The head and cervical postures will influence morphological changes in the bolus pathway during swallowing and consequently, may change the acoustic characteristics of the swallowing sound [25]. The duration of the first SSW was significantly shorter in the chin-down position than in the normal chin position; conversely, the mean duration of the second SSW was significantly longer in the chin-down position than in the normal chin position. No significant difference was observed between the two positions in the duration of the third SSW, and the peak intensity ratio did not differ significantly according to the cervical posture in any of the SSW periods. Logemann reported that the chin down posture caused the anterior pharyngeal structures to shift posteriorly, narrowing the laryngeal entrance and decreasing the distance from the epiglottis to the pharyngeal wall and laryngeal entrance [26]. This posterior shift during the chin down position helps protect the airway. Karaho reported that the chin-down maneuver decreases the distance between the tongue base and the posterior pharyngeal wall, the duration of anterior hyoid movement, and the duration of upper esophageal sphincter opening [27]. Therefore, we suspect that the chin-down position decreased the distance between the tongue base and posterior pharyngeal wall, and facilitated bolus transportation from the oral cavity to the pharynx in the present study. Ultimately, the duration of the first SSW would be shortened during the chin down position. Presumably, the prolonged second SSW during the chin down position was caused by the shortened duration of the first SSW, and the increased time and space for bolus transportation reflected the morphological change.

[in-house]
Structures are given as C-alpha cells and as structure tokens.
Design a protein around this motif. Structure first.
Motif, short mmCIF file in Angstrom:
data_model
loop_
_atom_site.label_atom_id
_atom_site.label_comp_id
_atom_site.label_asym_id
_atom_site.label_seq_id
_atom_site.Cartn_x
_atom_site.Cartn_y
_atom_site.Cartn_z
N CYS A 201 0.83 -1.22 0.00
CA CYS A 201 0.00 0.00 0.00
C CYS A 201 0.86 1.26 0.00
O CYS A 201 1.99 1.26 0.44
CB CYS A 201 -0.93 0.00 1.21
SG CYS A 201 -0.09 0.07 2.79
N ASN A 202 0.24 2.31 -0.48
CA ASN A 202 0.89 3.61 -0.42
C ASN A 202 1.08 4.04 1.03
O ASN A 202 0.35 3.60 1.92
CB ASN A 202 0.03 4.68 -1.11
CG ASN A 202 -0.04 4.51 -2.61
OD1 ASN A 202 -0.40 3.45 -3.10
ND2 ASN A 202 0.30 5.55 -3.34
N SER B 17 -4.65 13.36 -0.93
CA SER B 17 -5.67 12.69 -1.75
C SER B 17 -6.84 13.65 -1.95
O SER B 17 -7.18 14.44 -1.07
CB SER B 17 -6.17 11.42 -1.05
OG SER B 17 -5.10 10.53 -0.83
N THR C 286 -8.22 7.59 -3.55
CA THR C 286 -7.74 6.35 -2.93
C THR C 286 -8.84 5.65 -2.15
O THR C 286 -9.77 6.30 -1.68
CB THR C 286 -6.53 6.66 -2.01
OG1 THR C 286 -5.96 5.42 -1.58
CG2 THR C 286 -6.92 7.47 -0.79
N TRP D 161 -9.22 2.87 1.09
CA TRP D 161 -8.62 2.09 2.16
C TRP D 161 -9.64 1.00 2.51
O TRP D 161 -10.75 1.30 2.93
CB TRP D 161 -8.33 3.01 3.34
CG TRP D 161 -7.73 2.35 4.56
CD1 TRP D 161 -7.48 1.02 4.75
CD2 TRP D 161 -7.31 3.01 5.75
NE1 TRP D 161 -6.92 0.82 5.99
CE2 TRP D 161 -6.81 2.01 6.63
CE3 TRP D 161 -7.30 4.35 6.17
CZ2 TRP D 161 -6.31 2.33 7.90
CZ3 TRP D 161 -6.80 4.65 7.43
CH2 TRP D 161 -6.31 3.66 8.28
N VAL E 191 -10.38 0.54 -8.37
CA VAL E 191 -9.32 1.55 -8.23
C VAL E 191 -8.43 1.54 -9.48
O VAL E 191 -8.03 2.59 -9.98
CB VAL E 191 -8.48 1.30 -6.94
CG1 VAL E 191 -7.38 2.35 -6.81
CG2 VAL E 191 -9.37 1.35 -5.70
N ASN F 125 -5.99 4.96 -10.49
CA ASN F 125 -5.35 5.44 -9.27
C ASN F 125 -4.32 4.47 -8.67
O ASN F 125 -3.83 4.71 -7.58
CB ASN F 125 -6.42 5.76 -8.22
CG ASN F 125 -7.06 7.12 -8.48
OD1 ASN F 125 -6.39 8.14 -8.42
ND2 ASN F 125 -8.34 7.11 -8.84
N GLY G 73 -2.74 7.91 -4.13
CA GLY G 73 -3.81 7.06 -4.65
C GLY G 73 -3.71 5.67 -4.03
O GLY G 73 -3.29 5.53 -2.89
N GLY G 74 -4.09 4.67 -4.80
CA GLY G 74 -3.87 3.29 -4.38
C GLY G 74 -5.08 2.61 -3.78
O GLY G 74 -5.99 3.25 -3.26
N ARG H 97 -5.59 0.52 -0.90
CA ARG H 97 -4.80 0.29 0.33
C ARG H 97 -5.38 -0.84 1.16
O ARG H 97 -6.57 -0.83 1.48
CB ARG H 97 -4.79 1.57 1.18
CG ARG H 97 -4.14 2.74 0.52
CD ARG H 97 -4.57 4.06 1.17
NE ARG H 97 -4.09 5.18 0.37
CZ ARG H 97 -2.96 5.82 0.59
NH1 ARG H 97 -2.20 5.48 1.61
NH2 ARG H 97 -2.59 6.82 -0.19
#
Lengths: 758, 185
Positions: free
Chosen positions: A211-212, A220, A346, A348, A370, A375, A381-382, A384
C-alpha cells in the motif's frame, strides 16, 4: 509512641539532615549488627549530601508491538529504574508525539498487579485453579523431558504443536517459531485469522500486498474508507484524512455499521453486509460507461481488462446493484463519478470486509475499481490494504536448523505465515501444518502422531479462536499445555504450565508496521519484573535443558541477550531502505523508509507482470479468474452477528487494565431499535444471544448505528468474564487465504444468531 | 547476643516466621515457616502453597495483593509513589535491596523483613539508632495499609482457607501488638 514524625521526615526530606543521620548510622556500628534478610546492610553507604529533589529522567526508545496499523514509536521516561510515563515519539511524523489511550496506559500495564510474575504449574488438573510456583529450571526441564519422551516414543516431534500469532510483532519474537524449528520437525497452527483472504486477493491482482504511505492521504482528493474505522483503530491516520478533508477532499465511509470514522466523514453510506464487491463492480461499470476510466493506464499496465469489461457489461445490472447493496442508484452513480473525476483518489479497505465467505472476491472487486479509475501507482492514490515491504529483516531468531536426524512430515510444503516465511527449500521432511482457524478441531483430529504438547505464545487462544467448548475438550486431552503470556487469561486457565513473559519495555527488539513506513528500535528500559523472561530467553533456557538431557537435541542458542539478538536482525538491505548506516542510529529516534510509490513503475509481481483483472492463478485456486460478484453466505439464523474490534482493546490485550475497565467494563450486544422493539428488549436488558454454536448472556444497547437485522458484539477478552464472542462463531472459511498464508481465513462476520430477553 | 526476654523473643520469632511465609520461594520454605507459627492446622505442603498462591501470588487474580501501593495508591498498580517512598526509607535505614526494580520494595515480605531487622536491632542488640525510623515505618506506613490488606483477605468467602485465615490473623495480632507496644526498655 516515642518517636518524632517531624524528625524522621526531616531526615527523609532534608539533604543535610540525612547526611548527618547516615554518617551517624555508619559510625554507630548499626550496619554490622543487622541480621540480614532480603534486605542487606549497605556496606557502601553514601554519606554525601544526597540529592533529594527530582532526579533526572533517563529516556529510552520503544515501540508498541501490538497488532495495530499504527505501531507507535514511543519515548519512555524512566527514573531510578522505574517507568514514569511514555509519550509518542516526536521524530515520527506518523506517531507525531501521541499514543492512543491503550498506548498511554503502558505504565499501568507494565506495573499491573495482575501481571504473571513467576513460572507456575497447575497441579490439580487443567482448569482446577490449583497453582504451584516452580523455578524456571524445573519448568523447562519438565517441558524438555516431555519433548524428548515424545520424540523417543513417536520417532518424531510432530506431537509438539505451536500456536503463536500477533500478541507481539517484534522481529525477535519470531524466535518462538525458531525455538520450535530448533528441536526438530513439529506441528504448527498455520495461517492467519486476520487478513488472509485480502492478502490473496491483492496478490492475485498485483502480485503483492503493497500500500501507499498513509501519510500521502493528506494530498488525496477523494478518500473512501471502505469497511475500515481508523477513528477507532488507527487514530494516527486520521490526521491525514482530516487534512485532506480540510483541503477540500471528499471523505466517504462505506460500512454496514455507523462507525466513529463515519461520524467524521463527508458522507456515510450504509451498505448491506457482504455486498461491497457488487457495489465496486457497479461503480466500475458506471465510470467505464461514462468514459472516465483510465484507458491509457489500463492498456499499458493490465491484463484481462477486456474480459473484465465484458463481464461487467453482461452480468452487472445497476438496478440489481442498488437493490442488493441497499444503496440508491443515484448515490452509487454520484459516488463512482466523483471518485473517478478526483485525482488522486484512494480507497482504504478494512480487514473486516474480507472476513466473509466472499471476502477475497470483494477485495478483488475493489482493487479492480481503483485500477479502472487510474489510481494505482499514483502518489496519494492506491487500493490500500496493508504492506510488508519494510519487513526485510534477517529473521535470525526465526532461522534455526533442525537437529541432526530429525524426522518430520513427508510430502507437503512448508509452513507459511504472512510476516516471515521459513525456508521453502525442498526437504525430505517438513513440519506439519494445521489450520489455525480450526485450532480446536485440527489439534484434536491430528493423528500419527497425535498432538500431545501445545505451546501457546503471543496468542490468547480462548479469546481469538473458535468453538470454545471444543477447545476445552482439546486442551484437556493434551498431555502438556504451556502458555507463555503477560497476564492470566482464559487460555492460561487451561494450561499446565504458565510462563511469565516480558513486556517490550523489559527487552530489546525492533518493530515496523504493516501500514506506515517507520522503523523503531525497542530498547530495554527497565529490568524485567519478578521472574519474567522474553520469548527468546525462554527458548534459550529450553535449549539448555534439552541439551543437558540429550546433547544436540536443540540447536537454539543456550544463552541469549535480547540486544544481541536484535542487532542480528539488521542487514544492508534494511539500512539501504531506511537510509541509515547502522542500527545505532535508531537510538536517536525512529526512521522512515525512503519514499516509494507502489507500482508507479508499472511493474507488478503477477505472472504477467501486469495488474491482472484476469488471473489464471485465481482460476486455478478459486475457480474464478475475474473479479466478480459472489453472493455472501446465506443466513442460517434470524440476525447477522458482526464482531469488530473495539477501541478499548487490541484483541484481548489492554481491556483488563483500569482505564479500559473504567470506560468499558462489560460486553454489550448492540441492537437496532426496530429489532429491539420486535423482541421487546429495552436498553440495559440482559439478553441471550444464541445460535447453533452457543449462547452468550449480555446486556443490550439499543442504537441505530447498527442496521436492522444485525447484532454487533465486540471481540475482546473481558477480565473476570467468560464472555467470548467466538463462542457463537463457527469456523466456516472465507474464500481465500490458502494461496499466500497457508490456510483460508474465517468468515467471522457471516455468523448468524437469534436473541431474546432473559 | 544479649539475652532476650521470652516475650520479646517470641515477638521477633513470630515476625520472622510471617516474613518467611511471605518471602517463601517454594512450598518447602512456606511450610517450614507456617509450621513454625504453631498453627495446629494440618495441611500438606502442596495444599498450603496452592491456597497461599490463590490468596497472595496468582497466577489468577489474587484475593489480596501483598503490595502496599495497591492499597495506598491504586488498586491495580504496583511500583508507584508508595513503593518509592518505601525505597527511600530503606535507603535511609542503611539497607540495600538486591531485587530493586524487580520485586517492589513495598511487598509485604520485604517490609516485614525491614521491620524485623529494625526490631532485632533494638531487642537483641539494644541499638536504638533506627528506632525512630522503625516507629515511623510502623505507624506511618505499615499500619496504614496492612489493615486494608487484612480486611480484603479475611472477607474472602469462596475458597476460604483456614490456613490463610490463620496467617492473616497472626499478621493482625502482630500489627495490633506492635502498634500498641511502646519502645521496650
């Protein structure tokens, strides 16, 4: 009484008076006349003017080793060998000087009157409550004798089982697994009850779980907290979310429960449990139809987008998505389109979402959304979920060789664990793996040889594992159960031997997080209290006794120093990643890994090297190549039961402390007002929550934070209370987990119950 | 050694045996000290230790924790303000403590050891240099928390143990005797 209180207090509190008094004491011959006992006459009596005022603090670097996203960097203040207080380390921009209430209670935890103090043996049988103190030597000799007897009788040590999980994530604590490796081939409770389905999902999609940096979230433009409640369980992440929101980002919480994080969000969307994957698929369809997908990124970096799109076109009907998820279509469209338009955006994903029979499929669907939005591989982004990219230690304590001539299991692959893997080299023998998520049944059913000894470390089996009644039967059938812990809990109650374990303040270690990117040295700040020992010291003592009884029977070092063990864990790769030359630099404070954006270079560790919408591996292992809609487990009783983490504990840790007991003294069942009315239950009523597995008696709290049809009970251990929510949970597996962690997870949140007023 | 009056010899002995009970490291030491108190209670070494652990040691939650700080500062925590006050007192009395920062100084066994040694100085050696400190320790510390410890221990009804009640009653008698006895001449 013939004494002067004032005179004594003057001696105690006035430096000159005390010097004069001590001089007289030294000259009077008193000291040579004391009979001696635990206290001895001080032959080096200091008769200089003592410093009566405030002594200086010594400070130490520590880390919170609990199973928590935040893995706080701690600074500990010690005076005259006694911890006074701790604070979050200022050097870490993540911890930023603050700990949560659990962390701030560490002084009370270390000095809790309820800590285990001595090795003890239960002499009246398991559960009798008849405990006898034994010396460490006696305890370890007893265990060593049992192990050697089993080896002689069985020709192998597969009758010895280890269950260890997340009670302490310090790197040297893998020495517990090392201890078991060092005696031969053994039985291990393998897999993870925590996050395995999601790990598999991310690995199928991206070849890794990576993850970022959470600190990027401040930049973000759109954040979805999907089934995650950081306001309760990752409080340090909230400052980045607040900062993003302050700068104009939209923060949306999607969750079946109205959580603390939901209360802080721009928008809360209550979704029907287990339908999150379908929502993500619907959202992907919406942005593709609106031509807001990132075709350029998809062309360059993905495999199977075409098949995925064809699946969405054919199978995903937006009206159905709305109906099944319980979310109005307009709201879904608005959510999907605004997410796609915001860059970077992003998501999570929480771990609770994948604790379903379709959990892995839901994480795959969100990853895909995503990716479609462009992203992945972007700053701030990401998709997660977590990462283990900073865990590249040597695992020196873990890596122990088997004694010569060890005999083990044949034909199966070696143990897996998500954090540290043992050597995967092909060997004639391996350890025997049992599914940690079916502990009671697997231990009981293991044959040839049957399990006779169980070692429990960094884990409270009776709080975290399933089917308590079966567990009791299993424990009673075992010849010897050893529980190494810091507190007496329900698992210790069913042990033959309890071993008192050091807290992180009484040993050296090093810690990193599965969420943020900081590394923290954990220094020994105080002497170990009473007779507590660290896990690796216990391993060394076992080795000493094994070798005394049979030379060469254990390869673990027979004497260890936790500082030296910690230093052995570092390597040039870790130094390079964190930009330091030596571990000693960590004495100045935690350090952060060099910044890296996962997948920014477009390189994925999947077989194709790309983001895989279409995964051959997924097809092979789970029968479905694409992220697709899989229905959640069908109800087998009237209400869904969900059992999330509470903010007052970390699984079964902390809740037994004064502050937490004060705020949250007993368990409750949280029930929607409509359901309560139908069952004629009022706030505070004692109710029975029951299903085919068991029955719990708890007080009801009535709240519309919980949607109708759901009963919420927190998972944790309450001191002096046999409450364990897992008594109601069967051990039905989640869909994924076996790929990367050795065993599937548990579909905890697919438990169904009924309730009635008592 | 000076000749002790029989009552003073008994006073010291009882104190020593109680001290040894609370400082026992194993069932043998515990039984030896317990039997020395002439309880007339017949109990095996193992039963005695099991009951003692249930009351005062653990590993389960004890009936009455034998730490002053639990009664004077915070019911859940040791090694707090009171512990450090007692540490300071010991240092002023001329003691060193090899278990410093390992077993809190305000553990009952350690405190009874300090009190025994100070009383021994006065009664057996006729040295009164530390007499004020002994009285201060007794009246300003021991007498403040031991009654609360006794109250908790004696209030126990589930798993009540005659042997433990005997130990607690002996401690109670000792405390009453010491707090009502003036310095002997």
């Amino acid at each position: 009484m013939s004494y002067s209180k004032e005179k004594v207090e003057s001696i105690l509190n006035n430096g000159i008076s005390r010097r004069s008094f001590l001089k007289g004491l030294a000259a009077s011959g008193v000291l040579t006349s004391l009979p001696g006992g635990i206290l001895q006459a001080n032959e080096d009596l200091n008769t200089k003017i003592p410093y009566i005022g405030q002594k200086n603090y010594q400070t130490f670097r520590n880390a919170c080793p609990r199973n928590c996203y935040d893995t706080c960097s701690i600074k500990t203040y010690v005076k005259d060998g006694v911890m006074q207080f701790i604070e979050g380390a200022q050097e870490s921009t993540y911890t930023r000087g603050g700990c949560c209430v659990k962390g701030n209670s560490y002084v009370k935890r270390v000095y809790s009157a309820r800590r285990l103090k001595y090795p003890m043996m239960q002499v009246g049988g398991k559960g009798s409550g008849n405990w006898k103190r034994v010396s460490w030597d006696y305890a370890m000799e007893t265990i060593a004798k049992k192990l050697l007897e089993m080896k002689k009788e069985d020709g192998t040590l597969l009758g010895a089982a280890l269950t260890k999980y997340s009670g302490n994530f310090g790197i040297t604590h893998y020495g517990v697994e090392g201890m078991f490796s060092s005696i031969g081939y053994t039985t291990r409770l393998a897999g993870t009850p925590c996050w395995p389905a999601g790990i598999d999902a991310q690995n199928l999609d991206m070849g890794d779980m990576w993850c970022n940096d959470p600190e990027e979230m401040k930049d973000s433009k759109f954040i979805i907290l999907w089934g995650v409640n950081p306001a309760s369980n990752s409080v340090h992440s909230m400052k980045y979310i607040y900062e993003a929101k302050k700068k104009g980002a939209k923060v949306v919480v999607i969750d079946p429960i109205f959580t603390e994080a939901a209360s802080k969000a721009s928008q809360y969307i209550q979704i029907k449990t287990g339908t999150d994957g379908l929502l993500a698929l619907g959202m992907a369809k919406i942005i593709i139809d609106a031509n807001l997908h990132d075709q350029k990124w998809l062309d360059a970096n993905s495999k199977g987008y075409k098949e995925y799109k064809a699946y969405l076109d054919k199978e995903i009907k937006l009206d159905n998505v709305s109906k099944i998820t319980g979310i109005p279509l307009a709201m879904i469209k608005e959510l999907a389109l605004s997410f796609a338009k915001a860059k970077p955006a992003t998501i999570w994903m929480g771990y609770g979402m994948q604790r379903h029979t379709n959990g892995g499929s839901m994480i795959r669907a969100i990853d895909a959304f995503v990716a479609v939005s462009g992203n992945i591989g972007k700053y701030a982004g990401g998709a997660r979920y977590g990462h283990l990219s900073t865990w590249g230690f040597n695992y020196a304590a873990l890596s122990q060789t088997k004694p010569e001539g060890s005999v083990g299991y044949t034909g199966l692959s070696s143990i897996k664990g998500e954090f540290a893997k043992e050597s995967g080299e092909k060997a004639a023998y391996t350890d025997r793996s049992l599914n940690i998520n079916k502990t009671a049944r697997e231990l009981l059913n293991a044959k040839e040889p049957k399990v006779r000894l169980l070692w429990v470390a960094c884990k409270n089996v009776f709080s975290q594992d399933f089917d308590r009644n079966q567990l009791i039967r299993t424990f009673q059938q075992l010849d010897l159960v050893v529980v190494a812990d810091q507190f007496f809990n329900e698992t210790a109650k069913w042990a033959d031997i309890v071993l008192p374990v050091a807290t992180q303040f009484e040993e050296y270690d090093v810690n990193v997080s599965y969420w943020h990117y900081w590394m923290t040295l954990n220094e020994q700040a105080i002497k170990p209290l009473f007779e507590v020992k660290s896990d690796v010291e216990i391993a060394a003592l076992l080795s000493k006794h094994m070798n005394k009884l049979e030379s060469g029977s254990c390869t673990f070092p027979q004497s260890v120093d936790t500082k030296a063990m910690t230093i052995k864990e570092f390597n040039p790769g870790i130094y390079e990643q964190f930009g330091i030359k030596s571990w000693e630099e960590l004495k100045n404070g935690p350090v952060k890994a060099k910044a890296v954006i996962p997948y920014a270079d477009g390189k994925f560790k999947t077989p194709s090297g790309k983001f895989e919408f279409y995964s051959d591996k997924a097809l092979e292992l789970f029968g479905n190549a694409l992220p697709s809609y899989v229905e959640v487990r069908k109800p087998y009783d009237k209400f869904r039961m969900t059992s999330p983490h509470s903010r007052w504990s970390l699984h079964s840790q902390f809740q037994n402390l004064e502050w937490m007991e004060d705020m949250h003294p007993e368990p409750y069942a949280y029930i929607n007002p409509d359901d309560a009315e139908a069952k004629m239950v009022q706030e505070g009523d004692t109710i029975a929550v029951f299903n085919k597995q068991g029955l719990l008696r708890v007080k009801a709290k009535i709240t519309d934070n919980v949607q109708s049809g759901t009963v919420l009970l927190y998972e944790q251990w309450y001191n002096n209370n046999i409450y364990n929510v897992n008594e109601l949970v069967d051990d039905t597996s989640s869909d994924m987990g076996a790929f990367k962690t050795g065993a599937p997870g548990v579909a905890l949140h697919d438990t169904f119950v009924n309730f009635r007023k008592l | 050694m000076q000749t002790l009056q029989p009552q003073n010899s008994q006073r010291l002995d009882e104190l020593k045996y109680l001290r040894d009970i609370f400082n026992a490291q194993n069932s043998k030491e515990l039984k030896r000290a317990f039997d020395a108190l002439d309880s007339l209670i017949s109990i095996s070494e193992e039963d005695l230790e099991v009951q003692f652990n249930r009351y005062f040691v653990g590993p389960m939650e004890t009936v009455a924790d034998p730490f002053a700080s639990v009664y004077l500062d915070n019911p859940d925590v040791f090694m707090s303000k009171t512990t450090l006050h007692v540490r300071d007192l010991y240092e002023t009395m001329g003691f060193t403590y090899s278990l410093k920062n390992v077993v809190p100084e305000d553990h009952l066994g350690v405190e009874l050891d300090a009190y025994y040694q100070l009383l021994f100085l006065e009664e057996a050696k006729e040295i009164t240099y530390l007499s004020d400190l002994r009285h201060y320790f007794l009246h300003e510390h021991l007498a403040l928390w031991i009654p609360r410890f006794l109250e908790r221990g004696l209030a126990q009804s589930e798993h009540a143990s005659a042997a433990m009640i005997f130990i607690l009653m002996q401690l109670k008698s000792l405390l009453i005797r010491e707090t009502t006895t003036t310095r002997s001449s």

The videofluoroscopy measurement in experiment 3 involved only three male participants. Although Dantas reported oropharyngeal transit of food during swallowing in women was longer than that in men [28], no significant difference of any measurements was found between genders in the present experiment 1. This could be a major limitation of the present study.

Conclusions

In conclusion, acoustic analysis of swallowing sounds and videofluoroscopy suggests that the swallowing sound could be divided into three periods associated with each process the swallowing movement: an oral phase comprising posterior movement of the tongue and hyoid bone; a pharyngeal phase comprising laryngeal movement, hyoid bone elevation, epiglottis closure, and the bolus passage to the esophagus orifice; and the repositioning phase comprising repositioning of the hyoid bone and larynx, and reopening of the epiglottis.

However, the variations of swallowing sound values were relatively large in inter-subjects, but stable in intra-subject as shown in Table 1, and it may show the low reliability of swallowing sound for dysphagia examination. The examination may be improved by associating the wave structure with physiological events during the examination. Further research conducted in dysphagia patients is required to validate the use of cervical auscultation for dysphagia examination.

Supporting Information

S1 Appendix. Acoustic data including duration and peak intensity ratio in Experiment 1 and 2.

doi:10.1371/journal.pone.0168187.s001

(XLSX)

Author Contributions

  1. Conceptualization: TH MH EH TI.
  2. Data curation: TI.
  3. Formal analysis: TH TG KN.
  4. Investigation: TH TB KF.
  5. Methodology: TH TI.
  6. Project administration: TH TI.
  7. Software: TH TI.
  8. Validation: MH EH.
  9. Visualization: TH.
  10. Writing – original draft: TH TG TI.
  11. Writing – review & editing: TI.